The Pulse quickened today on news that some justice is coming to the creators of a housing bubble in the U.S. that culminated in a seemingly endless foreclosure fiasco.
How much justice? About $25 billion worth.
Attorneys general of every state except Oklahoma came to a deal today with five major U.S. lenders in an attempt to right some of the wrongs of banks, from so-called “robosignings” to improper foreclosure practices.
The agreement will see B of A, Chase, Wells Fargo, Citi and Ally Financial reduce the loan amounts of nearly a million American households. Another 750,000 households will receive a $2,000 check as compensation for being improperly foreclosed on.
The settlement also stipulates banks make foreclosure their last resort, and they will now be barred from foreclosing on a homeowner under consideration for a loan modification.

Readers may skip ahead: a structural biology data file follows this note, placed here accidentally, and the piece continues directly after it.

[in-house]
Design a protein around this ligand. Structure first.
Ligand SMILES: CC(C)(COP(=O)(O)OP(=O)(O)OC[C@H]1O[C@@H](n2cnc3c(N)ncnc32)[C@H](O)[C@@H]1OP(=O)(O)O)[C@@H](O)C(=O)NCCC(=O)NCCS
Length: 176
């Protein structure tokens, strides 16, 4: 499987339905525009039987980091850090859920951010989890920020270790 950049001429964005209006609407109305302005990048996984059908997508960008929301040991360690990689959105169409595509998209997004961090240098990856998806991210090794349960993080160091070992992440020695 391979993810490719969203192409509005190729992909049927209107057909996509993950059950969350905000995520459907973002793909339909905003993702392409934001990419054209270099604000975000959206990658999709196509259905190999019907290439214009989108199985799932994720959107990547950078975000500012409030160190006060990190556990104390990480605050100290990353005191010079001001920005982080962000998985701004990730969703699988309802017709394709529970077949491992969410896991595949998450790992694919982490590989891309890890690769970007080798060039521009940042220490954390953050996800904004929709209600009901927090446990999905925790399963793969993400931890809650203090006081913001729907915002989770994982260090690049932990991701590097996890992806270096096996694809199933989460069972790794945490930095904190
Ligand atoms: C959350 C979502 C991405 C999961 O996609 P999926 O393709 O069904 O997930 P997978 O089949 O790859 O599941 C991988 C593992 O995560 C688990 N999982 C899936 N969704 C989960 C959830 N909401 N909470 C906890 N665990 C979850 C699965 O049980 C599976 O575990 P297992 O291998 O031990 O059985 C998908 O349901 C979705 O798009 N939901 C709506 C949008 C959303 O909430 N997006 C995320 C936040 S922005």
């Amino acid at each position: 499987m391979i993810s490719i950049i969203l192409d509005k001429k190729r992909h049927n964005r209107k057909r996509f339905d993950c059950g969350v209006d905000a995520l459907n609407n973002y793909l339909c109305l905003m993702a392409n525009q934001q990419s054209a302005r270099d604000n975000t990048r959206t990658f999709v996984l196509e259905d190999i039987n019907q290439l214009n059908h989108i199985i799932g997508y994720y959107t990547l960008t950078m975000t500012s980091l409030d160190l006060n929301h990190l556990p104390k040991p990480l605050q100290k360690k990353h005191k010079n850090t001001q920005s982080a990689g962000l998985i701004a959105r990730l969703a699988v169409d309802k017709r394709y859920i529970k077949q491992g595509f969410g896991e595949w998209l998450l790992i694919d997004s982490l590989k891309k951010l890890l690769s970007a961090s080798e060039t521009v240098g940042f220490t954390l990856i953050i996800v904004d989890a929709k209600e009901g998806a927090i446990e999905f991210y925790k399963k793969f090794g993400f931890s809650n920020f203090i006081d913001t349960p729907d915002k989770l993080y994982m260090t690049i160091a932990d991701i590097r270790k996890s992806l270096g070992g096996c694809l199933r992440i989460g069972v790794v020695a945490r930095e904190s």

A website has been set up to help homeowners figure out if they’re due anything in the settlement. On the homepage, it spells out in plain language the crimes that led to this moment: “The agreement settles state and federal investigations finding that the country’s five largest loan servicers routinely signed foreclosure related documents outside the presence of a notary public and without really knowing whether the facts they contained were correct. Both of these practices violate the law.”
When announcing the deal today, President Obama made his feelings about the agreement clear. “This isn’t just good for these families,” he said firmly. “It’s good for their neighborhoods, it’s good for their communities and it’s good for our economy.”